Streetcar Dreams and Other Midnight Fantasies, by Richard Bowes

Richard Bowes – Streetcar Dreams and Other Midnight Fantasies
PS Publishing, 2006, 184pp, ISBN 1-904619-38-X (deluxe hardcover), 1-904619-39-8 (hardcover)

I read an advanced review copy from PS Publishing, so I can’t comment on the introduction by Jeffrey Ford (not included), and I offer up the hope that the proof readers get to it before the final version. Broken paragraphs, sets of inverted commas that don’t open or don’t close … not a lot, more than there should be. But for all that …

There’s a line that has stayed in my memory since I first read it in F&SF, and it’s here too. The narrator remembers getting rid of his toys when he thought he had become grown up. In fact, ‘all that had happened was a grown up had sex with me’. It’s a line about innocence not just lost but wasted. Now the character doesn’t have it anymore, he just has to get on and do without it. That is a typical Richard Bowes character. Readers will probably emerge a little less innocent too.

These stories are worlds of three levels. There is here, the normal world – respectable, middle class, tax paying, and based around the author’s own stomping grounds of New York or Boston. Then there is a level running parallel to that of drugs and prostitution and gay hustling. Some of us will be strangers to that world, though you get the feeling Bowes certainly isn’t. And it is this level that acts as a gateway to the third, where the really weird stuff happens.

Sometimes that third level is incarnate in one person, like the doppelganger Shadow that dogs the life of Bowes’s semi-autobiographical Kevin Grierson. The Shadow is a walking, talking picture of Dorian Gray – when Kevin is doing okay in life the Shadow’s life disintegrates, and vice versa. Sometimes there’s doubt in the reader’s mind, and in Kevin’s own, as to which of them is which.

Alternatively, the third level can be a completely different fantasy world, like the world reached by failing hippy Chris(tine) in ‘Someday I Shall Rise and Go’, reached through the portrait hanging in an office. Chris is a wimp who can’t even drop out properly – pushed around and exploited by her boyfriend but finding strength and worth by going on a quest into said portrait. Most of her life is spent in a pleasantly drug induced haze, and the story is sufficiently surreal that the reader would probably feel likewise, if Bowes didn’t make you feel every stabbing hunger pang of a starving drop-out in NYC.

Or the third level can be pretty well intertwined with the second, as in the touching ‘Circle Dance’ – a sort of Shadowish story, except that the two men are actual brothers, one dying and the other not – or the thoroughly unpleasant ‘Transfigured Night.’ The latter is the one story with no redemptive feature whatsoever – there’s probably a point to it that I’m not getting, but it came across as snuff fiction at its worst and at the end I was very close to giving my regrets to the reviews editor. But I was glad I progressed because I went on to read the World Fantasy Award-winning ‘Streetcar Dreams’ – sadly the only Kevin Grierson story in this collection – and the collection’s finale, ‘My Life in Speculative Fiction’, which I suspect may be the most straightly autobiographical. Like ‘Circle Dance’, it adds further layers to the story by making the central character a writer and including snatches of his fiction, but we also get the character’s fantasy monologue as he inflates and transposes the events of his life to the life of an imaginary alter ego.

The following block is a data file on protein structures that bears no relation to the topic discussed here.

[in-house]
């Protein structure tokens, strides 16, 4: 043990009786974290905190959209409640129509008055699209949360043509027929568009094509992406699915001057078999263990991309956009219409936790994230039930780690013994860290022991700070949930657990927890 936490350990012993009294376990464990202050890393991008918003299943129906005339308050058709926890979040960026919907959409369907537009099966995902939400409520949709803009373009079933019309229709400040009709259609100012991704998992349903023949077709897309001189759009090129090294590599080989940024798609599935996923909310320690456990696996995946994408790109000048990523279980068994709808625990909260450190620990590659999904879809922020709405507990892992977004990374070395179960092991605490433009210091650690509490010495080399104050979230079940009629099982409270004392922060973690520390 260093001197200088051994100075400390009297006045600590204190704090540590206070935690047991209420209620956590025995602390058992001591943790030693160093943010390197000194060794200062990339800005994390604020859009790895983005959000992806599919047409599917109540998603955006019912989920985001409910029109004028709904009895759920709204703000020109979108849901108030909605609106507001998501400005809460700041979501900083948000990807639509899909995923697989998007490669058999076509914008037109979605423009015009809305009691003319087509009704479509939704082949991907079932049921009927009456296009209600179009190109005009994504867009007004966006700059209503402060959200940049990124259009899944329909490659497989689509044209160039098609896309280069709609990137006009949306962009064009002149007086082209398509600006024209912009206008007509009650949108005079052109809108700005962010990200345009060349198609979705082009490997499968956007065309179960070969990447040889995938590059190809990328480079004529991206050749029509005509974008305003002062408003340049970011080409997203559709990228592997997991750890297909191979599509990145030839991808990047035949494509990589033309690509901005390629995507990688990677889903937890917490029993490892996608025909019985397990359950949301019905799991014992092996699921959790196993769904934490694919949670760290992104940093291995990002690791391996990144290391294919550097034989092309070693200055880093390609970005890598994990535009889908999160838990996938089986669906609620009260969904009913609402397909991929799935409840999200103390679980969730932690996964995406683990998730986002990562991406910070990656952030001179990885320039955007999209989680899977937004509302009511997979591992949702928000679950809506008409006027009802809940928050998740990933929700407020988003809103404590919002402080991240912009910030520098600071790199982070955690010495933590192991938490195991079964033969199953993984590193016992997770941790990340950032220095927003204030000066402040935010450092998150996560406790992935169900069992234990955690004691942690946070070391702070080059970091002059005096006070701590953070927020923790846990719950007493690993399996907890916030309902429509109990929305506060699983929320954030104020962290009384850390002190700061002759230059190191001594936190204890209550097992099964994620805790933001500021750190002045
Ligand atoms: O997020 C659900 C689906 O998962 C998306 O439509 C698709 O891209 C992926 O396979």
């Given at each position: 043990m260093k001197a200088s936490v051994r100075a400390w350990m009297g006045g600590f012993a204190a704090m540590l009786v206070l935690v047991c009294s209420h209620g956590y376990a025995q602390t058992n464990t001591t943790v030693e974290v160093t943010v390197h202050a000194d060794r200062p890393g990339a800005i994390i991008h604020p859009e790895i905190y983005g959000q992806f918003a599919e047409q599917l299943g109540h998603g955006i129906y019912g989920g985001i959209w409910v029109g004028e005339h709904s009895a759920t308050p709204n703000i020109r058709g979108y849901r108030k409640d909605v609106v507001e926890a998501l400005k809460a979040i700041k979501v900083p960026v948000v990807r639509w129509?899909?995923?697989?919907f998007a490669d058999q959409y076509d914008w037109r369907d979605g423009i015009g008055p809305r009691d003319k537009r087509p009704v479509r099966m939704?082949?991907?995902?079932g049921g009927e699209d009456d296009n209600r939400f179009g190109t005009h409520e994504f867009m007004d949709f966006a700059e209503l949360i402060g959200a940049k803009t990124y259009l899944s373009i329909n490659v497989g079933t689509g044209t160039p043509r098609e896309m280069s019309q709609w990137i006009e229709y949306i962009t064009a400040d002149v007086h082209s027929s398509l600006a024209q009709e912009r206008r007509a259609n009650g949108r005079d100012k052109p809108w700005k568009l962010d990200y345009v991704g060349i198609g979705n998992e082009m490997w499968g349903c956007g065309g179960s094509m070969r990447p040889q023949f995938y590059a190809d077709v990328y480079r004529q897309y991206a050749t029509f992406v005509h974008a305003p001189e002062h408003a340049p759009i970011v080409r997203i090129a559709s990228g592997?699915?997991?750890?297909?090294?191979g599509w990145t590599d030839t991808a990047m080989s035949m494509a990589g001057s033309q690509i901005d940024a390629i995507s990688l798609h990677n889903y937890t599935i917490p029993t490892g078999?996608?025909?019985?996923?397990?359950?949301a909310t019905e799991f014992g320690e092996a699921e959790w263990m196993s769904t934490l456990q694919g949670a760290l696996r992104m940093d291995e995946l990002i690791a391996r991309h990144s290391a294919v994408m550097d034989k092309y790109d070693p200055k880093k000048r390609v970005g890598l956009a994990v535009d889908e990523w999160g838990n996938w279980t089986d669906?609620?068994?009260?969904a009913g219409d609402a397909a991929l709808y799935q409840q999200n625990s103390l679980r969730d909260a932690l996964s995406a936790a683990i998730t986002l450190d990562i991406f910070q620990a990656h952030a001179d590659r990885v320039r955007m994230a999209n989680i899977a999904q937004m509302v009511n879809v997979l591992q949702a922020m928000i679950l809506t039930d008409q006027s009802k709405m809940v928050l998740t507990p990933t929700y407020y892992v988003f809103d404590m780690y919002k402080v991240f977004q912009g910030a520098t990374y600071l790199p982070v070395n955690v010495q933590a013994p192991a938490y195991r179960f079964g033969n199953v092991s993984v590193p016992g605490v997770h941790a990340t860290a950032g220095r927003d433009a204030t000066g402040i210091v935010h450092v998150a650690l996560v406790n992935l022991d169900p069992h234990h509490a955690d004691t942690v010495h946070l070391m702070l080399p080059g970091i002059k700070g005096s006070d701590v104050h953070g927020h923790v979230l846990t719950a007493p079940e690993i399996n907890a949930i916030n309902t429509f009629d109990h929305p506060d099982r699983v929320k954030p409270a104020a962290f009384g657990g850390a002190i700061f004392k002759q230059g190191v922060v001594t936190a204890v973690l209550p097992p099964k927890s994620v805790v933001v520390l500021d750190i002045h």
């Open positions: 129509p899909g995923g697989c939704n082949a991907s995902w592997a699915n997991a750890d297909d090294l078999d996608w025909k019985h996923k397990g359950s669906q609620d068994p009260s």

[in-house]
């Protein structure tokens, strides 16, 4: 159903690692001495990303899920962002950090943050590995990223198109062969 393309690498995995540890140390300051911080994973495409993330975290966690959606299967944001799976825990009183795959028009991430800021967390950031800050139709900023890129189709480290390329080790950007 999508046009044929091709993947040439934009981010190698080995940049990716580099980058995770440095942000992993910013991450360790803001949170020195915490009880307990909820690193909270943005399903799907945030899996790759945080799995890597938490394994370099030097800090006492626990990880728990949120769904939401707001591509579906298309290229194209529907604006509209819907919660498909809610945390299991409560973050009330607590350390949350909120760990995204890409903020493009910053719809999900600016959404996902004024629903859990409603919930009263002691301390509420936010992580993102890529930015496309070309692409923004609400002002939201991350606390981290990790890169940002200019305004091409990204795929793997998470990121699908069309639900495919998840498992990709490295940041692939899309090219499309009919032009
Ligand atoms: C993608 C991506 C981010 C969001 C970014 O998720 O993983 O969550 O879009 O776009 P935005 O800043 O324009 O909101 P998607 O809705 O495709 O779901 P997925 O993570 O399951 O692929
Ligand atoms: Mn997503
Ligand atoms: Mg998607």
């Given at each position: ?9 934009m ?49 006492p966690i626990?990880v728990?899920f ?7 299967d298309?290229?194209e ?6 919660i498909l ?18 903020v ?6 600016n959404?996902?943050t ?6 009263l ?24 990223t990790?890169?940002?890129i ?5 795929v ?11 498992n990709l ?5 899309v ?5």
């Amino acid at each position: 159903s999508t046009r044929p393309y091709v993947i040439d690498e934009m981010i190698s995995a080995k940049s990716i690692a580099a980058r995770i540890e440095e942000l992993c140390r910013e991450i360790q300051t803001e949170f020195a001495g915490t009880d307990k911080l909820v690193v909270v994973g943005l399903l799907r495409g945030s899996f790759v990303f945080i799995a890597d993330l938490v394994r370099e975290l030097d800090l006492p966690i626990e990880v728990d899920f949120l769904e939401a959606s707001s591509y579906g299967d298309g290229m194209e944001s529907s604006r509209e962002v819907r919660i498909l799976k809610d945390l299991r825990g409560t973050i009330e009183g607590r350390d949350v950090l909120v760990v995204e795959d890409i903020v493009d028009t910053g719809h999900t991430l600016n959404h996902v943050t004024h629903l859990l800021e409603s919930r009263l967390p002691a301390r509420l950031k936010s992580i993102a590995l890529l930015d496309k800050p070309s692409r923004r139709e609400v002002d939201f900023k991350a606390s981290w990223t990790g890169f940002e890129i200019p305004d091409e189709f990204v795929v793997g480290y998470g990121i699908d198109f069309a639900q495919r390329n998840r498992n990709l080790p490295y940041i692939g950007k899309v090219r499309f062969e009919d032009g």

Bowes’s characters tend to be recovering, discovering inner strength, working their back to normality against the odds. A lot of stories are told in flashback or retrospect, mixing the present and the past. Bowes makes no excuses – each and every one has failed through their own immaturity and they pull themselves back through their own effort. That’s if they pull themselves back. They all pass through the fire and the depths; some choose to stay there. But none chose to start their journey in that direction and the fact that it happened to them, and that we identify with them so easily, gives a good jolt to any complacency the reader may be feeling when they start to read. To coin another memorable Bowes line, you will lose virginities you never knew you had.